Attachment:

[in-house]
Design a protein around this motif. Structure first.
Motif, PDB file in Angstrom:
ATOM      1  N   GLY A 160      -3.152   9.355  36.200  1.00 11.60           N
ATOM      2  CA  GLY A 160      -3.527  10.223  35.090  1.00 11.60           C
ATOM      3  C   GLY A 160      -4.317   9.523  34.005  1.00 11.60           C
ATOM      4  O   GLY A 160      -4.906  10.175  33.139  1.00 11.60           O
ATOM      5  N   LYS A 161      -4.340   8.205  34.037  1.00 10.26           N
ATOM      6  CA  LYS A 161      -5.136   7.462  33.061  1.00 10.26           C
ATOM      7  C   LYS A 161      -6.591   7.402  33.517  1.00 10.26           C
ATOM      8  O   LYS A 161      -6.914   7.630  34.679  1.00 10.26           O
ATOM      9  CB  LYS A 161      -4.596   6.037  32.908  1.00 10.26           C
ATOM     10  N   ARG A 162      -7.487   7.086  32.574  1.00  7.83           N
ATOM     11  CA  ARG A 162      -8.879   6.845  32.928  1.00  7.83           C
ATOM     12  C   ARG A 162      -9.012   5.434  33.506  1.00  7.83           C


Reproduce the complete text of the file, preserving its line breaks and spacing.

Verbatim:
[in-house]
Design a protein around this motif. Structure first.
Motif, PDB file in Angstrom:
ATOM      1  N   GLY A 160      -3.152   9.355  36.200  1.00 11.60           N
ATOM      2  CA  GLY A 160      -3.527  10.223  35.090  1.00 11.60           C
ATOM      3  C   GLY A 160      -4.317   9.523  34.005  1.00 11.60           C
ATOM      4  O   GLY A 160      -4.906  10.175  33.139  1.00 11.60           O
ATOM      5  N   LYS A 161      -4.340   8.205  34.037  1.00 10.26           N
ATOM      6  CA  LYS A 161      -5.136   7.462  33.061  1.00 10.26           C
ATOM      7  C   LYS A 161      -6.591   7.402  33.517  1.00 10.26           C
ATOM      8  O   LYS A 161      -6.914   7.630  34.679  1.00 10.26           O
ATOM      9  CB  LYS A 161      -4.596   6.037  32.908  1.00 10.26           C
ATOM     10  N   ARG A 162      -7.487   7.086  32.574  1.00  7.83           N
ATOM     11  CA  ARG A 162      -8.879   6.845  32.928  1.00  7.83           C
ATOM     12  C   ARG A 162      -9.012   5.434  33.506  1.00  7.83           C